The Dangers to Health from Outdoor Wood Furnaces

Archived studies and news reports that expand the scope of Environment & Human Health, Inc.'s (EHHI) research reports about health and the environment.

 

Air Pollution Conference in Fairbanks, Alaska
Although research shows Fairbanks and North Pole's PM 2.5 pollution problem stems from wood smoke, little progress has been maade to get pollution numbers down to healthy levels. Particulate pollution is toxic to humans and linked with a variety of illnesses, mainly affecting the heart and lungs.Click here to read article.


Another Connecticut town bans outdoor wood furnaces
Add Clinton to the list of towns that have banned outdoor wood furnaces. Towns that ban OWFs include Granby, Tolland, Hebron, Woodbridge, South Windsor, Portland, Norfolk, Ridgefield, Haddam, Cheshire, West Hartford, Hamden, North Haven, New Fairfield, Rocky Hill, Avon, Simsbury and Bethel. Click here to download EHHI's wood smoke brochure.


Study links wood-burning to hospitalizations

Older people tend to be more vulnerable to pollution, according to a new study of the San Joaquin Valley. The California Air Resources Board found that no-burn days since 2003 led to a 12% reduction in the harmful particles found in smoke. Hospital admissions for cardiovascular disease in those 65 years and older declined by 7% in the Valley. Click here for news story.


EPA wrong on burning wood for power
In a letter to EPA Administrator Gina McCarthy, a group of 78 scientists criticized an Environmental Protection Agency memo they say may dramatically undermine President Barack Obama's directive to cut planet-warming emissions. The group of scientists argues that not all types of biomass have the same impact on carbon emissions, and that using more biomass derived from trees will actually increase overall emissions. Read more in the Huffington Post.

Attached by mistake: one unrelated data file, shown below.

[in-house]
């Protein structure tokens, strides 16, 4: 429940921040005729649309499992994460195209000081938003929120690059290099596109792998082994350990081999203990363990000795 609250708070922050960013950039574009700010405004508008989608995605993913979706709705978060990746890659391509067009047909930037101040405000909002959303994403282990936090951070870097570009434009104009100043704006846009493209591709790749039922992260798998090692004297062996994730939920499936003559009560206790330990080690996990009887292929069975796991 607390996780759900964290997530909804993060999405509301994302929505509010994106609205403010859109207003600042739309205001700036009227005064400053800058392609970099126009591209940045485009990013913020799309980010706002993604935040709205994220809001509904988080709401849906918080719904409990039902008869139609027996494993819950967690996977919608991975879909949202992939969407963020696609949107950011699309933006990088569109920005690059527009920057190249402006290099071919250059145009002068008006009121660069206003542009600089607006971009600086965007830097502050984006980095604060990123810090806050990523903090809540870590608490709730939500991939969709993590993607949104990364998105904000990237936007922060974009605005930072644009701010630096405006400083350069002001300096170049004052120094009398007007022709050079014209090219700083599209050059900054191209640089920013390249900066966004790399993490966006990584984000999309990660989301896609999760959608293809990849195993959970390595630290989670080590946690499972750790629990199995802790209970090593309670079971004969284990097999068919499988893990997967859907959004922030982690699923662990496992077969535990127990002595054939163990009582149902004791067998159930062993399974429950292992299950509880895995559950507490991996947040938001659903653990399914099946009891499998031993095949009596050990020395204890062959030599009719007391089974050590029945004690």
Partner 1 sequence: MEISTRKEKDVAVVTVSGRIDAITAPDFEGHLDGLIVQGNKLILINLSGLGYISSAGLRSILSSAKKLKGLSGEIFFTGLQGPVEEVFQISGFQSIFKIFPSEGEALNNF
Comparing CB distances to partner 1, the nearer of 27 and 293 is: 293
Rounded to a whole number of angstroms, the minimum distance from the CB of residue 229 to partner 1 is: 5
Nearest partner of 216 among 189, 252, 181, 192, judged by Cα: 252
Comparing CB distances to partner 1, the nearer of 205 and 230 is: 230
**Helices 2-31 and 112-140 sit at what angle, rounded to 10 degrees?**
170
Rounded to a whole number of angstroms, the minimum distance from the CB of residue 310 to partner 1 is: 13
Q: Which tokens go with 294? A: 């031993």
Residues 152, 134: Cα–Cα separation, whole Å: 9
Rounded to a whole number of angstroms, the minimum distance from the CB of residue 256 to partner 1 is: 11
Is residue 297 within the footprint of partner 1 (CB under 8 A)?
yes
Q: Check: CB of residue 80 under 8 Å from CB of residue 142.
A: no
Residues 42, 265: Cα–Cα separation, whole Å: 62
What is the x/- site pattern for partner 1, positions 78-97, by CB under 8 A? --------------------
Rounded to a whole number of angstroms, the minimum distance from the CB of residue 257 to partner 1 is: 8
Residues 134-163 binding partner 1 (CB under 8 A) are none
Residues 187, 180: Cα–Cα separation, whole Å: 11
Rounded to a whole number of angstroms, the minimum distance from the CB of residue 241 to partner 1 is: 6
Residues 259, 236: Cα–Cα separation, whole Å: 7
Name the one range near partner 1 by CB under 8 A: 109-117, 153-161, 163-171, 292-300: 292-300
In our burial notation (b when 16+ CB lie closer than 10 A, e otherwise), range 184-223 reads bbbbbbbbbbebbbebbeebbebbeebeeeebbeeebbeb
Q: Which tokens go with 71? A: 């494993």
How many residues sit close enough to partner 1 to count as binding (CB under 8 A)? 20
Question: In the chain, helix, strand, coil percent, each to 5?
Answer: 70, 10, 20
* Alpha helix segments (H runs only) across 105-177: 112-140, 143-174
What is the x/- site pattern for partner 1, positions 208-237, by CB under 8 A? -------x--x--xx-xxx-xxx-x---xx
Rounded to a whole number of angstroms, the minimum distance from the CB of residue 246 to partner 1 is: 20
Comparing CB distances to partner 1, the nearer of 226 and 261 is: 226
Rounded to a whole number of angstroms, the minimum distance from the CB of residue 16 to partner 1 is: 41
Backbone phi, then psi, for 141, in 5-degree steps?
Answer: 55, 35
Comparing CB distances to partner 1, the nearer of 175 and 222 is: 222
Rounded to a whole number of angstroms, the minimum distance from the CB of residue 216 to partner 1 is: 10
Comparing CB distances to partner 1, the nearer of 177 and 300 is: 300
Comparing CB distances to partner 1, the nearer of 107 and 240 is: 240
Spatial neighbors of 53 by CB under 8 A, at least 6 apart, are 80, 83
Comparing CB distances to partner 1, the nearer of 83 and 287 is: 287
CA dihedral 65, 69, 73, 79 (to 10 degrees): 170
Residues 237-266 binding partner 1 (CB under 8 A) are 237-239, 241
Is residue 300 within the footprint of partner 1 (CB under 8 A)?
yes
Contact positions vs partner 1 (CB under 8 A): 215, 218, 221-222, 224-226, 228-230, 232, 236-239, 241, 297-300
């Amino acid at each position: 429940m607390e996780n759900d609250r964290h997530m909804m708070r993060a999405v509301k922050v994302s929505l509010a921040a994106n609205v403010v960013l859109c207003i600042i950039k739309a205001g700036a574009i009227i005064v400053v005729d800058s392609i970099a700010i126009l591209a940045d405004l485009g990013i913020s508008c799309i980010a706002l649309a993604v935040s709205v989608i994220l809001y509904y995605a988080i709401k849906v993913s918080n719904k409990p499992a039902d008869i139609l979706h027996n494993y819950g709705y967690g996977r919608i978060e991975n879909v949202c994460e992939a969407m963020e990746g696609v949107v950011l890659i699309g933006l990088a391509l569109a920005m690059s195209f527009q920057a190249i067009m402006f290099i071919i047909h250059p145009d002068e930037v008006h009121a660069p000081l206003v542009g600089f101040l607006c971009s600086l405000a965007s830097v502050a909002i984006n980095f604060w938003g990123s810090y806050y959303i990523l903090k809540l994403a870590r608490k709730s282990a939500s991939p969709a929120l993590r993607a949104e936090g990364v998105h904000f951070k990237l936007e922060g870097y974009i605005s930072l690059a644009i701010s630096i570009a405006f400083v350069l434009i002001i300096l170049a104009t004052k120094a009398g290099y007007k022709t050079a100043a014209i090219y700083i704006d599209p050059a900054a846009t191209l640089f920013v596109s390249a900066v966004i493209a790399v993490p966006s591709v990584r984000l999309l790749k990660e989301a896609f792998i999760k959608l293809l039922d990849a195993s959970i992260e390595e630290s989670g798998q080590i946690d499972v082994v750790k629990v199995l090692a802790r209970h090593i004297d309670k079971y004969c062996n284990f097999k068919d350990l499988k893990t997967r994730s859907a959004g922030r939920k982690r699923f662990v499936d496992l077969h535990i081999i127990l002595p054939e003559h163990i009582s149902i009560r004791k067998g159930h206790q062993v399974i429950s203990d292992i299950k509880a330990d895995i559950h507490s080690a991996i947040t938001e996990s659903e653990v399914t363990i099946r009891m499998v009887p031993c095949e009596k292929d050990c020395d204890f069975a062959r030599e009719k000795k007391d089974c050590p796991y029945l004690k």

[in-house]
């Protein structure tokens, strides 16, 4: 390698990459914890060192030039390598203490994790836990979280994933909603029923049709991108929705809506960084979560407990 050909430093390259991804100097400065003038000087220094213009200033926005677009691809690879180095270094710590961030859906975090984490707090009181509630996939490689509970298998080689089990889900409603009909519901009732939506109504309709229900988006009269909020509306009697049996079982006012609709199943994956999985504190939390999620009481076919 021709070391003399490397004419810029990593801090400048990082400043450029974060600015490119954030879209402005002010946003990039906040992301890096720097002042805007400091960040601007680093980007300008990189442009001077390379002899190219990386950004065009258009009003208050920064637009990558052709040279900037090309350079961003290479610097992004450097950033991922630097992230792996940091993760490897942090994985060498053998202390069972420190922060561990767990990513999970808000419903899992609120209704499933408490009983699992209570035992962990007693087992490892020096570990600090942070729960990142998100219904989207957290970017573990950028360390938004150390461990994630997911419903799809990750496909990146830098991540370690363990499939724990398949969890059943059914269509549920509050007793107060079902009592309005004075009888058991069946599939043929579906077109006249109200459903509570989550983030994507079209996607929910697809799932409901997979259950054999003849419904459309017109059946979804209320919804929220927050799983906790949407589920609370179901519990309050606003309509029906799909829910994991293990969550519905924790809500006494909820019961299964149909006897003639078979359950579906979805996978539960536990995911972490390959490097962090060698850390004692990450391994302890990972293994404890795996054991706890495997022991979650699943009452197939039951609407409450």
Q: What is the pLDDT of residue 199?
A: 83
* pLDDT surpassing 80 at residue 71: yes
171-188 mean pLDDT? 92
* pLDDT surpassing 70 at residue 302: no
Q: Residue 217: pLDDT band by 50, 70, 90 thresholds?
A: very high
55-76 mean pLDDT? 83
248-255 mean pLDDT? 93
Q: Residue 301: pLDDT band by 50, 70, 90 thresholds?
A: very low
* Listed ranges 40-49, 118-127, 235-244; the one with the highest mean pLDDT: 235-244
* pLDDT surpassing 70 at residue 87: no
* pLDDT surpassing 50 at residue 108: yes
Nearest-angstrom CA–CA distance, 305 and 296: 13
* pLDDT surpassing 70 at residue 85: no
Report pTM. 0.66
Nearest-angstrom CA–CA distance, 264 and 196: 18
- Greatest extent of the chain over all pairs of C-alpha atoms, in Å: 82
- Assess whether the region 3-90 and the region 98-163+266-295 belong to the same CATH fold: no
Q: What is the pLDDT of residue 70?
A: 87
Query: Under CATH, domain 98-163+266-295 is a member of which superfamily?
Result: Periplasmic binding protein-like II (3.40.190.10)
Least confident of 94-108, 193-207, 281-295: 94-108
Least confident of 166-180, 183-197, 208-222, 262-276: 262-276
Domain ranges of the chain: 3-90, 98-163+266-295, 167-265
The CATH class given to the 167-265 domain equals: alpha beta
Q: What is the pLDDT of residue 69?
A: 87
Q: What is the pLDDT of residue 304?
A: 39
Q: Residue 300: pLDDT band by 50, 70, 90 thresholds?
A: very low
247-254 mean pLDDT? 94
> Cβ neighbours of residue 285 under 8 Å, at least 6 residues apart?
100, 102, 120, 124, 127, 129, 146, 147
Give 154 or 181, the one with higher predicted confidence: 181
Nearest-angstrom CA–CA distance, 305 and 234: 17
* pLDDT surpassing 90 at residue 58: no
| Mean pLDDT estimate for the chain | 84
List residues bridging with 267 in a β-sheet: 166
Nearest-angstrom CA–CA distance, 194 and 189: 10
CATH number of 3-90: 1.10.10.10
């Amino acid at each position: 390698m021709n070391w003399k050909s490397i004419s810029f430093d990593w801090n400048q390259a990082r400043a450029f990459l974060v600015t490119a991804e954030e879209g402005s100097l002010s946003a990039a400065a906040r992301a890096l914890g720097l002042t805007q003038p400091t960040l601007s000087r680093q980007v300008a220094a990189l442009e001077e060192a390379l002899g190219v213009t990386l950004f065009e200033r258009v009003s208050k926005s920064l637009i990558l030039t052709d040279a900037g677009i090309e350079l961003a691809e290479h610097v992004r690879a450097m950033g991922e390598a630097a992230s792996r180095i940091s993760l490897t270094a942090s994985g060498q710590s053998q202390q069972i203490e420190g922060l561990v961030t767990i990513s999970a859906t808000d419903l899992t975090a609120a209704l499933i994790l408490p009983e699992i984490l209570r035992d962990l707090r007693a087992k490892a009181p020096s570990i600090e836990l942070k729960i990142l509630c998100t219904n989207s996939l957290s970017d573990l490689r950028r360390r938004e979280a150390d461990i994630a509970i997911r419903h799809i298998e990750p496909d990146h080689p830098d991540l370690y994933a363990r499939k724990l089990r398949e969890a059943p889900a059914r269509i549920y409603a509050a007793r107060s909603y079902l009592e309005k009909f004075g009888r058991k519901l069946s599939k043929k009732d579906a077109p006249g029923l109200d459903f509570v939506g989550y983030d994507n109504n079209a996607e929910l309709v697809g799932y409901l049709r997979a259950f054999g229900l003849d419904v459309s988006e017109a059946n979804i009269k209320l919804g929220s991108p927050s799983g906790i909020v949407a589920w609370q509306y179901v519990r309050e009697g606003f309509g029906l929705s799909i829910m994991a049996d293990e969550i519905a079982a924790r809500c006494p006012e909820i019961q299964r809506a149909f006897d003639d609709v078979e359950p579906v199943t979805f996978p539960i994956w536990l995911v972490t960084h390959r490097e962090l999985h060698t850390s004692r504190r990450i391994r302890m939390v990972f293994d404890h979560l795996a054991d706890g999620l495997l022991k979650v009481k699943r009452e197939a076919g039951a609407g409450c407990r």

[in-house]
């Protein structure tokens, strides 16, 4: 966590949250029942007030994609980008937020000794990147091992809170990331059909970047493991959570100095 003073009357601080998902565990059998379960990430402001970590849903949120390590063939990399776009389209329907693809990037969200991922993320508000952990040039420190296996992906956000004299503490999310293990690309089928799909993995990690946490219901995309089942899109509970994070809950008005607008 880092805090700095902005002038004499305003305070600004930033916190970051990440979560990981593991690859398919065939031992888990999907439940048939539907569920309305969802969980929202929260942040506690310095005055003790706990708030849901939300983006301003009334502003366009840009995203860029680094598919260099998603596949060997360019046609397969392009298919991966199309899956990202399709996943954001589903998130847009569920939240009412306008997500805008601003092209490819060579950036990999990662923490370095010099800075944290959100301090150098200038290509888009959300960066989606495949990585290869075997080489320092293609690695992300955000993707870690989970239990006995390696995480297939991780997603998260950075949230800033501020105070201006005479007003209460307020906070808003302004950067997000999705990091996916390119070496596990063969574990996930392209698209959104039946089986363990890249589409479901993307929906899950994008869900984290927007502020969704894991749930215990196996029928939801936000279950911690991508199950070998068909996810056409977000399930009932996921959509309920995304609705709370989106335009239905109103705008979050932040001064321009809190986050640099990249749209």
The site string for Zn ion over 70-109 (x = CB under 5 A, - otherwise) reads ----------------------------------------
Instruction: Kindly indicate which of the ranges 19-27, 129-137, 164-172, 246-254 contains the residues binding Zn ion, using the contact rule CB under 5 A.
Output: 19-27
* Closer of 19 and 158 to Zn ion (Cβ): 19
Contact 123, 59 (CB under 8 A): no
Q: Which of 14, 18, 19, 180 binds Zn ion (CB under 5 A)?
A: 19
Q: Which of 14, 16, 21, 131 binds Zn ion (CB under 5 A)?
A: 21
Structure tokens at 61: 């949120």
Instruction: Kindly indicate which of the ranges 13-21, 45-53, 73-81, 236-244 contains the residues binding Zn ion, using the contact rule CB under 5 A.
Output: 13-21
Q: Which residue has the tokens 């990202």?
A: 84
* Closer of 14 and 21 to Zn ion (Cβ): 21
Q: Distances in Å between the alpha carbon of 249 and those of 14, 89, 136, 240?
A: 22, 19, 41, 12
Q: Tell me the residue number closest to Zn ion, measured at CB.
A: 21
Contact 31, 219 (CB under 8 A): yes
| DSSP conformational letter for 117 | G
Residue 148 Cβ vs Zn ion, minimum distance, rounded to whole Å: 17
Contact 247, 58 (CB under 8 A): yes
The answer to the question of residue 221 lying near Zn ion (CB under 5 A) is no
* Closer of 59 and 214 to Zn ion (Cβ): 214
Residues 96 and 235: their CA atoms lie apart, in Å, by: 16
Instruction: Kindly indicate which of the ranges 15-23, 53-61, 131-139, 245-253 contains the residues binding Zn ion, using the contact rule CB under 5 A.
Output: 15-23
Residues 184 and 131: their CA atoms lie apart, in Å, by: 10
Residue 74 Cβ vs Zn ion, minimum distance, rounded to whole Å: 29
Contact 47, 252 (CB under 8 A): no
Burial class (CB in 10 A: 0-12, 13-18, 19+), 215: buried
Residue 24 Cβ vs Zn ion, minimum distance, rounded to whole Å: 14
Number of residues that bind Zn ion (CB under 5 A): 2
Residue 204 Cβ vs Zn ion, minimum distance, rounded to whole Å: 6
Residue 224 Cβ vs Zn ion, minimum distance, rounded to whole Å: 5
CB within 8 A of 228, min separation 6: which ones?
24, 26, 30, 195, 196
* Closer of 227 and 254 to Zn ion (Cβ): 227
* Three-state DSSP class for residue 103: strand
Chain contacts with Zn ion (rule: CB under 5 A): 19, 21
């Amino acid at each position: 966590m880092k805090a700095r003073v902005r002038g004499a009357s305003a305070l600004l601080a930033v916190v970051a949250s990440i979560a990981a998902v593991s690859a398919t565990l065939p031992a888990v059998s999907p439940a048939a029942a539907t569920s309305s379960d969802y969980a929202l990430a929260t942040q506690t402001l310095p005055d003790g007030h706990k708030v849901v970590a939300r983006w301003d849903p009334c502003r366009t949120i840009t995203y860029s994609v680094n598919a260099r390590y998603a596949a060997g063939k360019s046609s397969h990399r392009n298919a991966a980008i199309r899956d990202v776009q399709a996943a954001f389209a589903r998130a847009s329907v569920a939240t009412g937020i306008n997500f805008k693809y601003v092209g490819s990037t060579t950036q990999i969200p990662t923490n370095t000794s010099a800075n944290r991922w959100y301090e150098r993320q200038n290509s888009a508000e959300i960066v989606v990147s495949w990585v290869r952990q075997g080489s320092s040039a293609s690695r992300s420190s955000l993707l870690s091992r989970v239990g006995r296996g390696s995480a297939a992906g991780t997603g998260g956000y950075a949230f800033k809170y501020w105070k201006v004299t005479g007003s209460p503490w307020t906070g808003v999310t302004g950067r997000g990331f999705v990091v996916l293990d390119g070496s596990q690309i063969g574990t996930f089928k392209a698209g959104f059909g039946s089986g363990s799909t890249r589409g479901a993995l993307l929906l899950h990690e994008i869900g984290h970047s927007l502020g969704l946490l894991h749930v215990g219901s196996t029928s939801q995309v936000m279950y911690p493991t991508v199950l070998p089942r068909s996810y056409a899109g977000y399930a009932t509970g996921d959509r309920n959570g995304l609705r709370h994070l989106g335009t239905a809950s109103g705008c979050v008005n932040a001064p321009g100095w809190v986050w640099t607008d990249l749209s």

News items are not independently verified by EHHI and inclusion on this site does not constitute an endorsement.

EHHI's Woodsmoke Report


Wood smoke contains many of the same toxic compounds that are found in cigarette smoke. Just a few of them include benzene, formaldehyde, and 1,3-butadiene, all three of which are carcinogenic. Outdoor wood furnaces are a flawed technology that not only harms the health of neighboring homeowners but also ruins the real estate value of their homes. Towns and cities owe it to their citizens to protect their citizens' health as well as their life savings, which are often in the value of their homes.


For further information about outdoor wood furnaces, download EHHI's report and the health effects of wood smoke brochure, or click here for EHHI's statement.